A Report by J.M. Cadogan RSSc, AHME, BS, MS (Birm), MS (Oxon). Presented by Archivist to The Society, Mark Wardecker.
Art by Katie Nyborg
We all thought de Groot was a crank, and that is why I bear no grudge toward any member of our Society. Like myself, you had no reason to believe that the errand upon which you had sent me could have been any more than the routine debunking of a charlatan. In fact, as I prepare myself to write this account of de Groot and his “creation,” it strikes me that I myself may be accused of attempting to deceive you, for the facts of the case seem fabulous even to me, and I have little to offer in the way of evidence, just what is left of de Groot and his machine. For the rest, I hope you will rely upon my reputation as a man who stands flat-footed upon the ground, a scientist–like most of you–but no theoretician, simply an inventor.
For those of you still unfamiliar with the circumstances surrounding this report, it was precipitated by a letter from Dr. Oswald de Groot, a physicist lately retired from academic life. It was early in the evening, and following dinner, we had all congregated before the fire in the walnut-paneled Members’ Room of the Society’s library for cigars and aperitifs. By way of a joke, Farnham produced de Groot’s letter, delivered earlier in the day. It was characteristically flamboyant and read:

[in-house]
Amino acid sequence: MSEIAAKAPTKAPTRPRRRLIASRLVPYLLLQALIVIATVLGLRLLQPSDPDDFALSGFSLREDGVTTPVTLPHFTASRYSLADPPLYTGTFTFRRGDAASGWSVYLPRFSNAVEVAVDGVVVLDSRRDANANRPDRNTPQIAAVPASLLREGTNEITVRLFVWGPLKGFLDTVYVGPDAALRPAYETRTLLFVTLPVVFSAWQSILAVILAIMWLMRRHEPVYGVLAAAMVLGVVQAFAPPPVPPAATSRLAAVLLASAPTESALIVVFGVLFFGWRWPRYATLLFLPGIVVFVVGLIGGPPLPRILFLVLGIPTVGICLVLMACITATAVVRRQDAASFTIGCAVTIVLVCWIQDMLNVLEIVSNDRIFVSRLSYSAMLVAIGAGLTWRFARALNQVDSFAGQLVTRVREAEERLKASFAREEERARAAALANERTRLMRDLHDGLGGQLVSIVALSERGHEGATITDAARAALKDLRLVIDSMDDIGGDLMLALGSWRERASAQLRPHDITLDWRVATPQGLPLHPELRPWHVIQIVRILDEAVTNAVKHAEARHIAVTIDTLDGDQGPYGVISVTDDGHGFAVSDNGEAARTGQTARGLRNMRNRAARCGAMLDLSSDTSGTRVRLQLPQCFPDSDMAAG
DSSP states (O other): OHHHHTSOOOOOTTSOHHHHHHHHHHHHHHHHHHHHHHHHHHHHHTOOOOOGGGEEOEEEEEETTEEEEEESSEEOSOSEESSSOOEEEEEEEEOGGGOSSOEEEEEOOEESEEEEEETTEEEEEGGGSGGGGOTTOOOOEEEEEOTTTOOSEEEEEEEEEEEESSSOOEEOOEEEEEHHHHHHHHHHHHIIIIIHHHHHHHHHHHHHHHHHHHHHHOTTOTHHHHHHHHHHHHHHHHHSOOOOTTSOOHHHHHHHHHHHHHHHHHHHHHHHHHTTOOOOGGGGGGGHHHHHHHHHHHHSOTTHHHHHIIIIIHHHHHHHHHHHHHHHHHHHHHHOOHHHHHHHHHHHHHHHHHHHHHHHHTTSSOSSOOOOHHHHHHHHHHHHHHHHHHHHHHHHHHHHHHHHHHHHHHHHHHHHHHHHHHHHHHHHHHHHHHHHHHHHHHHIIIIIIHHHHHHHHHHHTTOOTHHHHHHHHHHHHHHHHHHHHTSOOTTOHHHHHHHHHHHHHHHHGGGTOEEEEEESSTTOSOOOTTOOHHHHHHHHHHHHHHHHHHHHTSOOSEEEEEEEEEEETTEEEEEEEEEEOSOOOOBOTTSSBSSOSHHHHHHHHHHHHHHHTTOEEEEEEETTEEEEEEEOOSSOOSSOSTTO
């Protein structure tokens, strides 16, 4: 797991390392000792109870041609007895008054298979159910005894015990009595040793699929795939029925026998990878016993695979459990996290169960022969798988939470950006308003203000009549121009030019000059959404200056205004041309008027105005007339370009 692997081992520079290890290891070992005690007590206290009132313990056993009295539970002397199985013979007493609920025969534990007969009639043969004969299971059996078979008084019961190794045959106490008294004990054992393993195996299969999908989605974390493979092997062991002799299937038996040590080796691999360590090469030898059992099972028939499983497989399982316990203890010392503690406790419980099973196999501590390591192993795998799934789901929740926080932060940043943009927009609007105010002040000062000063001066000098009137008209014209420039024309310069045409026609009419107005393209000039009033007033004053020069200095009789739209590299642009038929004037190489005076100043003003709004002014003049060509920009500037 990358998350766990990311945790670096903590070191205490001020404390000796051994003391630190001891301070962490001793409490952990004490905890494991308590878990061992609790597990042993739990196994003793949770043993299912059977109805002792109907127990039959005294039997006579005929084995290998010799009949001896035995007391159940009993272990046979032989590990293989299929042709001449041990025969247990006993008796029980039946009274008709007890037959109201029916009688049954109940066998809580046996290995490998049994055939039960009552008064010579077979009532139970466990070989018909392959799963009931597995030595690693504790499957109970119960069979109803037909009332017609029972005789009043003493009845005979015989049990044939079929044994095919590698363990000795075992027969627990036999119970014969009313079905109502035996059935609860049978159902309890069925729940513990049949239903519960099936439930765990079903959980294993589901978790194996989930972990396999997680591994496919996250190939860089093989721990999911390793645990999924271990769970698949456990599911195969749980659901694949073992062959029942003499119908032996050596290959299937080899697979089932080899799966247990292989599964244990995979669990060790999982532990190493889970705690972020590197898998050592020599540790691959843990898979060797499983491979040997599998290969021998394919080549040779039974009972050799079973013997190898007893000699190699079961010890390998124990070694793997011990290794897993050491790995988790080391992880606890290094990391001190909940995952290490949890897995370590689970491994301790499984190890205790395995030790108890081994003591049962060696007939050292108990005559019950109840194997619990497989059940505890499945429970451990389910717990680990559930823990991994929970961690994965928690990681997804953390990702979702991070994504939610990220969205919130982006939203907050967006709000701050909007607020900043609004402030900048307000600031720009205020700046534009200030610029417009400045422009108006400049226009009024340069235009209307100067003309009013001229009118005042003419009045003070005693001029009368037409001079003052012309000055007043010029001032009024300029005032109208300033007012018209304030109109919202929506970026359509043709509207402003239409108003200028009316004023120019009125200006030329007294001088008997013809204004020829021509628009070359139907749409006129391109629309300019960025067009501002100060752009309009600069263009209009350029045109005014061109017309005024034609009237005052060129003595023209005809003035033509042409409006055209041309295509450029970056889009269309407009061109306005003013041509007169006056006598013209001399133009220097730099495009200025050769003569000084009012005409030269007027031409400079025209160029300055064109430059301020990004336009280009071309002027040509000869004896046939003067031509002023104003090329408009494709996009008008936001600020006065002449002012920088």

“My work has progressed to the point where I have begun to assay the role of God himself. I have created life. Please send a representative to my home in Sussex to confirm, and all will be made clear.”
“You don’t suppose he’s impregnated his chamber maid?” asked Morrow.
“Doubtful–there are limits to what even science can accomplish!” Larson fired back.
“Seriously, though,” snuffled Farnham, “Does anyone know what de Groot’s been about lately? What could possibly be the meaning of this?”
“Last I heard, he was experimenting with magnets,” I recalled.
“To create life?”
“No, something that is obviously even further beyond his ken–invisibility.”
And with that, I assumed I had managed to dispel the last hint of decorum, but Farnham, as the last few chuckles subsided, declared, “Well, as this Society’s president, for form’s sake, I suppose I must appoint one of you to go and examine this buffoonery.”
It was at this point that I came to regret my earlier remarks, since my passing familiarity with de Groot’s recent work (and because the other likely candidate, the naturalist, Edwards, was conveniently busying himself with retrieving a match he had dropped beneath a chair) procured me the privilege of investigating the claim. I resigned myself to a trip to Sussex the following afternoon.
To read the rest of this story, check out the Mad Scientist Journal: Winter 2013 collection.
Though not a mad scientist himself (or, rather, not yet), J.M. Cadogan has met more than his fair share of them through the august Society of which he is a senior member. It was, in fact, during the events described in the report featured here, that he began a long career of investigating such characters. Prior to that, he was best known for his innovative mechanical contributions to the Empire’s railways.”
Mark Wardecker has been a great admirer (from a safe distance) of mad scientists since his first exposure to Peter Cushing’s Victor Frankenstein and his various monsters from hell. His fiction and non-fiction have appeared in Sherlock Holmes Mystery Magazine, The Willows, Doctor Who and Philosophy, and the Baker Street Journal. He has also edited an anthology of August Derleth’s early Solar Pons stories and is a librarian at the University of Illinois at Urbana-Champaign.
Katie Nyborg’s art, plus information regarding hiring her, can be found at http://katiedoesartthings.tumblr.com/